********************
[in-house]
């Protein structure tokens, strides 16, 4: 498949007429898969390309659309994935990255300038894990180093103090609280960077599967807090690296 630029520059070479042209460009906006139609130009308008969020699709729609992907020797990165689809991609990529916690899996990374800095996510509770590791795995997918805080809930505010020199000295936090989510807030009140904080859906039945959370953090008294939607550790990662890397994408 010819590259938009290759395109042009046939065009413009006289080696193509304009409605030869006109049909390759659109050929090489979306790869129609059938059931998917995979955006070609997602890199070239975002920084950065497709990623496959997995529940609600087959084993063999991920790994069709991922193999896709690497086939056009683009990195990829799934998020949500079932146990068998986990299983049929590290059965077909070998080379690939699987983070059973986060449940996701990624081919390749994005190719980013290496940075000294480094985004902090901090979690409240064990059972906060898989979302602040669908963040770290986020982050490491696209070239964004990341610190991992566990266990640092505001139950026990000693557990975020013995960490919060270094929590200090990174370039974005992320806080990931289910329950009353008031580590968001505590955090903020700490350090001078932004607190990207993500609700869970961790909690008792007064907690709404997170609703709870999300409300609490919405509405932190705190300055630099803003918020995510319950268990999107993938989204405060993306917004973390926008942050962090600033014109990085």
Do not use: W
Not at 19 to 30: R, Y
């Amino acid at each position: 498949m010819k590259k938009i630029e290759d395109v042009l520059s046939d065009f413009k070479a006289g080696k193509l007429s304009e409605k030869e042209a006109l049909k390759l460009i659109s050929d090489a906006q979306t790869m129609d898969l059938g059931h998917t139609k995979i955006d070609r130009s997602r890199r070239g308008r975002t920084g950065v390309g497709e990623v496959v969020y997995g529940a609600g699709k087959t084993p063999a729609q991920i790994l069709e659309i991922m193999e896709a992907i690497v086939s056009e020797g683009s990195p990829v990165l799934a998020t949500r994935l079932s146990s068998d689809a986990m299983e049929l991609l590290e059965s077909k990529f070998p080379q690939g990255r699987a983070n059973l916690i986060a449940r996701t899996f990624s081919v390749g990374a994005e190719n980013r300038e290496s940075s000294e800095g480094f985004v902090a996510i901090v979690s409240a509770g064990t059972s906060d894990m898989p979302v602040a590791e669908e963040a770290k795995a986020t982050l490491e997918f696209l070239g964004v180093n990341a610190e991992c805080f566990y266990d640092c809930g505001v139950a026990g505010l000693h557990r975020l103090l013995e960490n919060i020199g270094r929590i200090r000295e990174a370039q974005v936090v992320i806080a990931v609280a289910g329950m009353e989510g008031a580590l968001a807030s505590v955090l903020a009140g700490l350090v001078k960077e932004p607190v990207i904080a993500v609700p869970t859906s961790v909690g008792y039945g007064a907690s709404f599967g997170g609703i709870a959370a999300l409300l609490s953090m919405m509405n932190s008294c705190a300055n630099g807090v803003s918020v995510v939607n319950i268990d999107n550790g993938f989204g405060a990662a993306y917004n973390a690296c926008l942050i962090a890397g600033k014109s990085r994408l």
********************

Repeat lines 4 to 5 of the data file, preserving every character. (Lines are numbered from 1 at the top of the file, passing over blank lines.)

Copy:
Not at 19 to 30: R, Y
């Amino acid at each position: 498949m010819k590259k938009i630029e290759d395109v042009l520059s046939d065009f413009k070479a006289g080696k193509l007429s304009e409605k030869e042209a006109l049909k390759l460009i659109s050929d090489a906006q979306t790869m129609d898969l059938g059931h998917t139609k995979i955006d070609r130009s997602r890199r070239g308008r975002t920084g950065v390309g497709e990623v496959v969020y997995g529940a609600g699709k087959t084993p063999a729609q991920i790994l069709e659309i991922m193999e896709a992907i690497v086939s056009e020797g683009s990195p990829v990165l799934a998020t949500r994935l079932s146990s068998d689809a986990m299983e049929l991609l590290e059965s077909k990529f070998p080379q690939g990255r699987a983070n059973l916690i986060a449940r996701t899996f990624s081919v390749g990374a994005e190719n980013r300038e290496s940075s000294e800095g480094f985004v902090a996510i901090v979690s409240a509770g064990t059972s906060d894990m898989p979302v602040a590791e669908e963040a770290k795995a986020t982050l490491e997918f696209l070239g964004v180093n990341a610190e991992c805080f566990y266990d640092c809930g505001v139950a026990g505010l000693h557990r975020l103090l013995e960490n919060i020199g270094r929590i200090r000295e990174a370039q974005v936090v992320i806080a990931v609280a289910g329950m009353e989510g008031a580590l968001a807030s505590v955090l903020a009140g700490l350090v001078k960077e932004p607190v990207i904080a993500v609700p869970t859906s961790v909690g008792y039945g007064a907690s709404f599967g997170g609703i709870a959370a999300l409300l609490s953090m919405m509405n932190s008294c705190a300055n630099g807090v803003s918020v995510v939607n319950i268990d999107n550790g993938f989204g405060a990662a993306y917004n973390a690296c926008l942050i962090a890397g600033k014109s990085r994408l």